Marine awarded for heroic actions taken as a CCW-licensed college student

by Chad D. Baus

Military.com is reporting that Ensign Sean Barner, from Stone Mountain, Ga., was recently awarded the Navy and Marine Corps Medal for his actions on May 3, 2009.

Barner protected at least ten lives when he intervened and stopped two armed assailants during an attempted robbery and then provided immediate medical assistance by applying tourniquets to one of the gun shot wounded victims.

The incident made national headlines, and sparked calls for legalizing concealed carry on college campuses. A BuckeyeFirearms.org article about Barner's actions, and lamenting the fact that Ohio's college students are not allowed to exercise their Second Amendment rights, became one of the most-read articles in BFA history.

From Military.com:

The incident took place in College Park, Ga., while Barner attended a party with five men and four women. Two masked and armed men entered the apartment while Barner and a friend were outside getting some fresh air. Upon returning to the apartment, Barner was met by the two armed robbers who had rounded-up the men and women in the living room.

After being robbed of their personal belongings, the six men were ordered to a back bedroom while two women were taken to a second bedroom with one assailant while the other two women were taken to the living room with the other assailant.

In the back bedroom, Barner and the other five men overheard the perpetrator's plan to rape the women and shoot all the victims.

"Knowing that this was not a nice area of town, I brought along a firearm which I left in my book bag," said Barner, who is licensed under the Georgia Weapons Carry laws. "I was lucky that the room I was locked in had my book bag and had not been searched."

Barner escaped the bedroom with his firearm and went to the living room where he fired several shots at one of the armed assailants causing him to flee.

Barner then went to the bedroom where two females were being held with by the other assailant. He kicked down the door and entered the room, shooting the assailant and causing him to flee out the window.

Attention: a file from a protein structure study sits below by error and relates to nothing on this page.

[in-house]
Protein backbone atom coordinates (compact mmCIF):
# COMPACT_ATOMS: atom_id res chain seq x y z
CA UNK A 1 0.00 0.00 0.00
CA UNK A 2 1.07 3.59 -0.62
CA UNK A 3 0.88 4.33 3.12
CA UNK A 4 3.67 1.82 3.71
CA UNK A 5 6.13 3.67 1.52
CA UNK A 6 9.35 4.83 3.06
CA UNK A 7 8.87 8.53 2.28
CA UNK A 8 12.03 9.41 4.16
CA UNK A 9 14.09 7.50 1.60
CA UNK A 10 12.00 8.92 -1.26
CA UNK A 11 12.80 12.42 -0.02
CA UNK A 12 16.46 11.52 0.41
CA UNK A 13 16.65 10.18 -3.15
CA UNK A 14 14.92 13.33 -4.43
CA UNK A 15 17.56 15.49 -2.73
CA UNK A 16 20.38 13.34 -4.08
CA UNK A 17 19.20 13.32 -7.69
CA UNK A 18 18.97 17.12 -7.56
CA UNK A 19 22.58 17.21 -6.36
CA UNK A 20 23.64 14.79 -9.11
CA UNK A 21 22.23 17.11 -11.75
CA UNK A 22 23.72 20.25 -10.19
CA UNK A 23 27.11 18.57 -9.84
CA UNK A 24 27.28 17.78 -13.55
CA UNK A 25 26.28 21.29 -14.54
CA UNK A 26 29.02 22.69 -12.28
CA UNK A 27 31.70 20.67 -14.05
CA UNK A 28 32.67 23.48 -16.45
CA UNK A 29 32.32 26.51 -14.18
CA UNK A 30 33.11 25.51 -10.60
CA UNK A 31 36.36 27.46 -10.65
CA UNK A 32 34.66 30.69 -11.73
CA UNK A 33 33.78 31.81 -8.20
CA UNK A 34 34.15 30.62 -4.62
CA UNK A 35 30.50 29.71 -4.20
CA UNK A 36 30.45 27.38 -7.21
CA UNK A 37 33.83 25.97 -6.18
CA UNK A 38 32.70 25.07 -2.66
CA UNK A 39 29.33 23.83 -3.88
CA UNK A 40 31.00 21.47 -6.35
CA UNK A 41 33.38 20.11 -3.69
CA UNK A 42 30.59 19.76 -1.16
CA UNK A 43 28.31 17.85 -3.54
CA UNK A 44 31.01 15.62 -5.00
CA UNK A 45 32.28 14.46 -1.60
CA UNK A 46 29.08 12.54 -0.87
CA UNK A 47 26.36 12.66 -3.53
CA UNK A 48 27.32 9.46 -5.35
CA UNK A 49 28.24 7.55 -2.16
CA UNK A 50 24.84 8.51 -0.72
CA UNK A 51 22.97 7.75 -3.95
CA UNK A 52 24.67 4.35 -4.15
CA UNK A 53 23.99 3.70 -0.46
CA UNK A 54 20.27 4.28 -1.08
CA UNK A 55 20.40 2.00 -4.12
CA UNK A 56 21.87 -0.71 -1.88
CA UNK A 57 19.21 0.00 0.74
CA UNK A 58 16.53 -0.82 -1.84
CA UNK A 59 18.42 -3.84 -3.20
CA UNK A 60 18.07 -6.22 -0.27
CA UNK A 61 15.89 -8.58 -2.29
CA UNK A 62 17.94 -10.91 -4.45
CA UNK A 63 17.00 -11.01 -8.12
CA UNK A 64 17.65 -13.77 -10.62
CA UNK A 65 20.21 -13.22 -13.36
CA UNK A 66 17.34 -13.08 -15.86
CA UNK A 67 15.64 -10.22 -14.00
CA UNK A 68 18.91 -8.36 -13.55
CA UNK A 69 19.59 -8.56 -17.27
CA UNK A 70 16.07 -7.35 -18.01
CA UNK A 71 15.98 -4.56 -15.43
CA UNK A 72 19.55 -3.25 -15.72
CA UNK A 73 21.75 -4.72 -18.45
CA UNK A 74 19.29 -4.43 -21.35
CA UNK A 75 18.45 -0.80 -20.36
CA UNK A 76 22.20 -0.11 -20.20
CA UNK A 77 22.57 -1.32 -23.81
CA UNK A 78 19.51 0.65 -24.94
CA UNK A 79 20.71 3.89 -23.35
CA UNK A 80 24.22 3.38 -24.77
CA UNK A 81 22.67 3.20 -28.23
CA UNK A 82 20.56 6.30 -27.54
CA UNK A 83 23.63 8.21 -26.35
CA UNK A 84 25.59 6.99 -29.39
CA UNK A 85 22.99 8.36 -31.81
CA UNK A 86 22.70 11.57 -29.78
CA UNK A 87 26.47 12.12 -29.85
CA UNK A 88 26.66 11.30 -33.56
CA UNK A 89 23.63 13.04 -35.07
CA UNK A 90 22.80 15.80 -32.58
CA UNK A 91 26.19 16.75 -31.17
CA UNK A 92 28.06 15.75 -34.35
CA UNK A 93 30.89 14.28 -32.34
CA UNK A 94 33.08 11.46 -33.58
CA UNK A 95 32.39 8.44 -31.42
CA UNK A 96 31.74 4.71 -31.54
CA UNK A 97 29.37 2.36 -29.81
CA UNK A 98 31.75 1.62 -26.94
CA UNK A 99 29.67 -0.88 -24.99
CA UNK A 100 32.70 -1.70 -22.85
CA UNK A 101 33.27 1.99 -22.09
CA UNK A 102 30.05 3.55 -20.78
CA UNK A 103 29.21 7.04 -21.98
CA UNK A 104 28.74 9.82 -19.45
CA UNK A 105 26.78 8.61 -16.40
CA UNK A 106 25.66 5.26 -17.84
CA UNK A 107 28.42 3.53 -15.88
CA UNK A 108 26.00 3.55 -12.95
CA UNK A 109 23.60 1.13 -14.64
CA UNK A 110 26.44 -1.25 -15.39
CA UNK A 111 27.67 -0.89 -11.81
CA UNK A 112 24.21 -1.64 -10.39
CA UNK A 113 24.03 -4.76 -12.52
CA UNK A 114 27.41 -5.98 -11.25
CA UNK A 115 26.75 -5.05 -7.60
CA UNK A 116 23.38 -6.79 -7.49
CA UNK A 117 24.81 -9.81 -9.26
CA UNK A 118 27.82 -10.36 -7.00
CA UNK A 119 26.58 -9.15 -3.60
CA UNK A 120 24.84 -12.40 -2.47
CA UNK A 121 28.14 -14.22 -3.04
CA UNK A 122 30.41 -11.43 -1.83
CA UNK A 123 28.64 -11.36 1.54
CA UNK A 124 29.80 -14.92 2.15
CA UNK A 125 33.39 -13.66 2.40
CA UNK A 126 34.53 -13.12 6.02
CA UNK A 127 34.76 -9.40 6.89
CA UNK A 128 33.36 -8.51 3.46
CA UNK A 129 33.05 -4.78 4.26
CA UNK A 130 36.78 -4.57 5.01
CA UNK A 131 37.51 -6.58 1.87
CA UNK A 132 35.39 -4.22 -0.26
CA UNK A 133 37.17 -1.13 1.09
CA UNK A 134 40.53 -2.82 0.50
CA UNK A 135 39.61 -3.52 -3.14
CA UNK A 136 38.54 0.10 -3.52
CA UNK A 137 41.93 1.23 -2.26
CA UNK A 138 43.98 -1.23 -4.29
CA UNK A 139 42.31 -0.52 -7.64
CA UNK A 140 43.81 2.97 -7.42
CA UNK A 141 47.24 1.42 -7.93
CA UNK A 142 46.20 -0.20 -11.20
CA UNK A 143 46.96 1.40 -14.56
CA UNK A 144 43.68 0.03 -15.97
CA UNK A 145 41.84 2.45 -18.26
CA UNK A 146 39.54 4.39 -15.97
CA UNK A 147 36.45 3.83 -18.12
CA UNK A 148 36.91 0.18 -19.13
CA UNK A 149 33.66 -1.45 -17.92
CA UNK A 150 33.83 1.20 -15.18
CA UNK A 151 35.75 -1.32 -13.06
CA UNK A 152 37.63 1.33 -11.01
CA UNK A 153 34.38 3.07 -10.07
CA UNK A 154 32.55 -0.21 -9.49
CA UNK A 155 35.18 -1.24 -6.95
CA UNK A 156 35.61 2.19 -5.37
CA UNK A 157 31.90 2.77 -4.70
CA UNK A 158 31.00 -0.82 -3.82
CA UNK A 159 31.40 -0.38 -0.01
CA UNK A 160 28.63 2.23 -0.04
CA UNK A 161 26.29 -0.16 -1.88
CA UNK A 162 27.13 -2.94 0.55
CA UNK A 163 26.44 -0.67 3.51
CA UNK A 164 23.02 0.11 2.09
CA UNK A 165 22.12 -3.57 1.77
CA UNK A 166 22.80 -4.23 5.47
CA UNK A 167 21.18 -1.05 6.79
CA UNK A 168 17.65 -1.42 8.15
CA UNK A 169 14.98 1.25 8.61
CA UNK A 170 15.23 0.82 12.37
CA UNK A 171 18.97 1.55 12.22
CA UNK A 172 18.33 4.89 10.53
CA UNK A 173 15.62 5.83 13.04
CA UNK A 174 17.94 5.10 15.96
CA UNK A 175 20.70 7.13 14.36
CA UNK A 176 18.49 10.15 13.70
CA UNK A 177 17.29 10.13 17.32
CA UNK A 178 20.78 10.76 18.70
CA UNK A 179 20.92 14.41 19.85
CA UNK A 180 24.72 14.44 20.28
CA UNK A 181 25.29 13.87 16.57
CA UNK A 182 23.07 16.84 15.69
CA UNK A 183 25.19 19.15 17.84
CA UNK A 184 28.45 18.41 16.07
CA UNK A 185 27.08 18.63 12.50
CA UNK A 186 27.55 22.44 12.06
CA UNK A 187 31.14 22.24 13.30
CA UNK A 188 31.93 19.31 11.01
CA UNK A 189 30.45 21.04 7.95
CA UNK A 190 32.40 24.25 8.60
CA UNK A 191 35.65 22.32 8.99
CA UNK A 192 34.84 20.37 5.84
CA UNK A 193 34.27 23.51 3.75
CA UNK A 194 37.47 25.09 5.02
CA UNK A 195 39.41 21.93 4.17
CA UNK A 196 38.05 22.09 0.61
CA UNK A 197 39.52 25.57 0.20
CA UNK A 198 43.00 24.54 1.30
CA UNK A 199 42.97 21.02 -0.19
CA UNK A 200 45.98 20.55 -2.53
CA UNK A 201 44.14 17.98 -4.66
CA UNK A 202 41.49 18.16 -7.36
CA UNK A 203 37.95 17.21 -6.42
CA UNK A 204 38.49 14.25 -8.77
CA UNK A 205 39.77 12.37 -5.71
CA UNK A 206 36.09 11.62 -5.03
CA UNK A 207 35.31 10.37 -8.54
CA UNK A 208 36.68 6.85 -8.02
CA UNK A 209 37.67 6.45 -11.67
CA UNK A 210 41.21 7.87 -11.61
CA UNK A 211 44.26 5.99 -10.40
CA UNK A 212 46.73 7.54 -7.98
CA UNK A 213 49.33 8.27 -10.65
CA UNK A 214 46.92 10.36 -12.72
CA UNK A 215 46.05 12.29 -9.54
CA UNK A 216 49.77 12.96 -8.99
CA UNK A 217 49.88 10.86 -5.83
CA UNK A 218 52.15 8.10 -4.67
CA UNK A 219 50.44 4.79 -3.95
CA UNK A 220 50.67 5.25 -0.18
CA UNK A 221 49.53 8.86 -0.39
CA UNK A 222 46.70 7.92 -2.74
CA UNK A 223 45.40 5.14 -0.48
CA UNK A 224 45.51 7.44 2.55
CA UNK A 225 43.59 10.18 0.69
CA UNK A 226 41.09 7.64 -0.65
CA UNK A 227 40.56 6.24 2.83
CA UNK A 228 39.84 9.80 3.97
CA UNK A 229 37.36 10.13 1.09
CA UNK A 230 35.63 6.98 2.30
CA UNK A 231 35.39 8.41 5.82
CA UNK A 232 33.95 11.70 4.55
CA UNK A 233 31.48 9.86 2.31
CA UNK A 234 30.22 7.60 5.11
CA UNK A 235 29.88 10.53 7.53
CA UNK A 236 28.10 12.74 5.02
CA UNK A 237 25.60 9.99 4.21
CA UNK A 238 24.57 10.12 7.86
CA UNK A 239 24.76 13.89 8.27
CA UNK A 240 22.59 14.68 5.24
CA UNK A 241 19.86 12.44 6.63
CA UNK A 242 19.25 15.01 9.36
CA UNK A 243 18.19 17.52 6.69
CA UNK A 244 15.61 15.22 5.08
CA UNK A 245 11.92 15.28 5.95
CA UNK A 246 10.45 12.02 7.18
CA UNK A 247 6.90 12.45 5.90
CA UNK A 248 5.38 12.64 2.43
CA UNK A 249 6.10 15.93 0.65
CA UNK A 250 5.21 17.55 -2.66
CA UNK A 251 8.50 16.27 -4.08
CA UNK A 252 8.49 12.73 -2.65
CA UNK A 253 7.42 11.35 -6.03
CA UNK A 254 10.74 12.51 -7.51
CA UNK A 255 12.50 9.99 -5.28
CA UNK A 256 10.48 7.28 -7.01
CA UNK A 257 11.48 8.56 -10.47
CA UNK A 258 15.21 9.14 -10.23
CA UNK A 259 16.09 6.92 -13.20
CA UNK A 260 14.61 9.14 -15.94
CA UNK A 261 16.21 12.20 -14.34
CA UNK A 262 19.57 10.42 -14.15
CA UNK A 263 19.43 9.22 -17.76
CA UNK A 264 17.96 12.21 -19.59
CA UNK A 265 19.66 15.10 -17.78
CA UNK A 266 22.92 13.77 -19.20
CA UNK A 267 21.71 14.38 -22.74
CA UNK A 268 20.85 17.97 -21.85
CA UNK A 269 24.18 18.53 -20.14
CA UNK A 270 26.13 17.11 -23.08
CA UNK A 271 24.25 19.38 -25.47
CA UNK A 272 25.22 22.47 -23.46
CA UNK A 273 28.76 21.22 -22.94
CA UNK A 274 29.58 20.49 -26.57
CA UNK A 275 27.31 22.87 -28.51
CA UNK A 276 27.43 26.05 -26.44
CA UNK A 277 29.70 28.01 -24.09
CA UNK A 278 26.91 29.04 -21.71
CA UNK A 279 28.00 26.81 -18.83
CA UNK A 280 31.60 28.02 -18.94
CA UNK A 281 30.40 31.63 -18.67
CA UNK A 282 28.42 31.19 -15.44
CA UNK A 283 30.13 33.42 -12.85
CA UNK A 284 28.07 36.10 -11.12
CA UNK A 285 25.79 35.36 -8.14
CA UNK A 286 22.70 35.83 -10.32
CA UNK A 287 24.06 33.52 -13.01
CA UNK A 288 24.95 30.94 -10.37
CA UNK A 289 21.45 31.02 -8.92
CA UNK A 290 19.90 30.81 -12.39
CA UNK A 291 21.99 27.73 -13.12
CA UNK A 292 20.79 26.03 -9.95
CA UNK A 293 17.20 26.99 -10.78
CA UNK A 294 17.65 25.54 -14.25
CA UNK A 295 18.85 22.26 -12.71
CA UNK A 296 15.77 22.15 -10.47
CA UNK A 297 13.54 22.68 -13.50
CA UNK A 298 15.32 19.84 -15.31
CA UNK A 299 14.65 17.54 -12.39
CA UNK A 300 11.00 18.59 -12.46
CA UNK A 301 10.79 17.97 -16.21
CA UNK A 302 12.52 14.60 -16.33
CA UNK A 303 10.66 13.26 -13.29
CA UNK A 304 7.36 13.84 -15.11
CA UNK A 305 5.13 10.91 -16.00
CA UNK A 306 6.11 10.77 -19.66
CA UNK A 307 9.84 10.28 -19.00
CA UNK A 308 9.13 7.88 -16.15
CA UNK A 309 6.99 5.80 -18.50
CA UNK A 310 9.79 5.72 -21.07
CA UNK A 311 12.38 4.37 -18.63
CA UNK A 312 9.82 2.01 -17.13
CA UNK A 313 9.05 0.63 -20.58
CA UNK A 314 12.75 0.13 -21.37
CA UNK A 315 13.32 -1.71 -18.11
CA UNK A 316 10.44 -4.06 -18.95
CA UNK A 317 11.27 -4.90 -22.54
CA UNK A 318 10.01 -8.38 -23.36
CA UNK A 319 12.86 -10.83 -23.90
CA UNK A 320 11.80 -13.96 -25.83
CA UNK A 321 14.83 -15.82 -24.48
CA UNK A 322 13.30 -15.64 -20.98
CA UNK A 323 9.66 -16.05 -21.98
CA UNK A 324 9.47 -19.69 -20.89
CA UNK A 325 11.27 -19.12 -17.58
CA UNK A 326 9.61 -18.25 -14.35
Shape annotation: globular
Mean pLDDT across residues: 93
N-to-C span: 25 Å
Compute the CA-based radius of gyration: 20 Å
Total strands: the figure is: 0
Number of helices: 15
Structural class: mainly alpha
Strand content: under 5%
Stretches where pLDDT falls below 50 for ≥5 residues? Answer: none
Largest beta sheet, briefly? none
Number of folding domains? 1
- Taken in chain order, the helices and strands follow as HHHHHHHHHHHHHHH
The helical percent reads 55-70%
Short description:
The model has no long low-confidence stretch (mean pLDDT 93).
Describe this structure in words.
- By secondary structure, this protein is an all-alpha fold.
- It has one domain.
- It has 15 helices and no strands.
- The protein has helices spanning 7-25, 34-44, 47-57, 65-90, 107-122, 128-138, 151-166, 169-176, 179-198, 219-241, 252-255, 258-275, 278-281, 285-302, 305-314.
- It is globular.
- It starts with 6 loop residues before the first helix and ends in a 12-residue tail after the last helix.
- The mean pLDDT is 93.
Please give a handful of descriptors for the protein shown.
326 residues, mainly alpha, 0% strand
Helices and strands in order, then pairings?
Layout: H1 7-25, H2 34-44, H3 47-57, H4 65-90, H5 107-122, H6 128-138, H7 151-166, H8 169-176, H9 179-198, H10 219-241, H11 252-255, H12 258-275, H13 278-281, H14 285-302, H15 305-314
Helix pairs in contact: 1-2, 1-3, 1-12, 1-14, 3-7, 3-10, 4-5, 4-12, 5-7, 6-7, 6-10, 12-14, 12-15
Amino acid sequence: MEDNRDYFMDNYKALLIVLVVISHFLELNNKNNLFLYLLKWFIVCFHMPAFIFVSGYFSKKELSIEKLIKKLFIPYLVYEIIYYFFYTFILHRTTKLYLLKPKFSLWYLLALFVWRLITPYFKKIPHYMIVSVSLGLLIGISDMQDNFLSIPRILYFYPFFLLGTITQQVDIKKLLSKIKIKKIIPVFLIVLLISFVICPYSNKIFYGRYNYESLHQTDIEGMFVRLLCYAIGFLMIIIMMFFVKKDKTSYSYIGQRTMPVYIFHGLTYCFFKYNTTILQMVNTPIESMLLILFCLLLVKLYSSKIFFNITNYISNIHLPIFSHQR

That assailant was later found dead near the apartment from gunshot wounds. One of the females was also caught in the ensuing crossfire and received gunshot wounds.

"I'm glad I took my Marine Corps training seriously," said Barner. "I was blessed to have the ability to handle the situation the way I did and prevent anyone else from getting further injured."

The article goes on to report that at the time in 2009, Barner was an active duty Marine attending Georgia State University as part of the Marine Enlisted Commissioning Education Program (MECEP) before switching to the Navy's Seaman to Admiral (STA-21) program, and a member of the Atlanta Consortium NROTC unit.

His quick and decisive actions saved the life of one of the victims and prevented possible harm or death to the others.

The Navy and Marine Corps medal is one medal above the Bronze Star. It is considered the highest non-combat medal a Sailor or Marine can be awarded. "It was great to receive this award, but I hope it shows that non combat Marines or Sailors can be put in crazy situations, and with the right training everything will work out okay in the end," Barner said.

The unit's executive officer, Lt. Col. Steve Sims, called Barner a hero. "I am very proud of Ensign Barner. He is a hard worker, extremely diligent and a huge team player in the unit. It was great that he got to receive the medal with the victims and his family in attendance."

Following the ceremony, Barner's orders directed him to report to his first naval assignment as a Surface Warfare officer on board the Wasp-class multipurpose amphibious assault ship USS Makin Island (LHD 8).

According to ConcealedCampus.org, there are 24 states that expressly prohibit concealed carry on college campuses by persons with a valid concealed handgun license/permit. These states are Arizona, Arkansas, Florida, Georgia, Louisiana, Maine, Massachusetts, Michigan, Mississippi, Nebraska, Nevada, New Hampshire, New Jersey, New Mexico, New York, North Carolina, North Dakota, Ohio, Oklahoma, South Carolina, Tennessee, Texas, Vermont, and Wyoming. Texas law specifically prohibits concealed carry on campus but includes a clause which allows an individual college/university to 'opt out' of the law and allow concealed carry.

15 "Right-to-Carry" states leave the decision of concealed carry on college campuses entirely to each college/university. A person with a license/permit who was caught carrying a firearm on a college campus could not be held criminally liable but students and employees of a university would be expelled or have their employment terminated. These states are Alaska, Colorado, Idaho, Indiana, Kansas, Kentucky, Minnesota, Missouri, Montana, Oregon, Pennsylvania, South Dakota, Virginia, Washington, and West Virginia.

Though these states contain a few colleges/universities, such as Colorado State University (Fort Collins, CO) and Blue Ridge Community College (Weyers Cave, VA), that allow concealed carry on campus, most prohibit it. Utah is the only state to allow concealed carry at all public colleges/universities, by prohibiting public colleges/universities from creating their own restrictions.

For additional information, click here.

Chad D. Baus is the Buckeye Firearms Association Vice Chairman.

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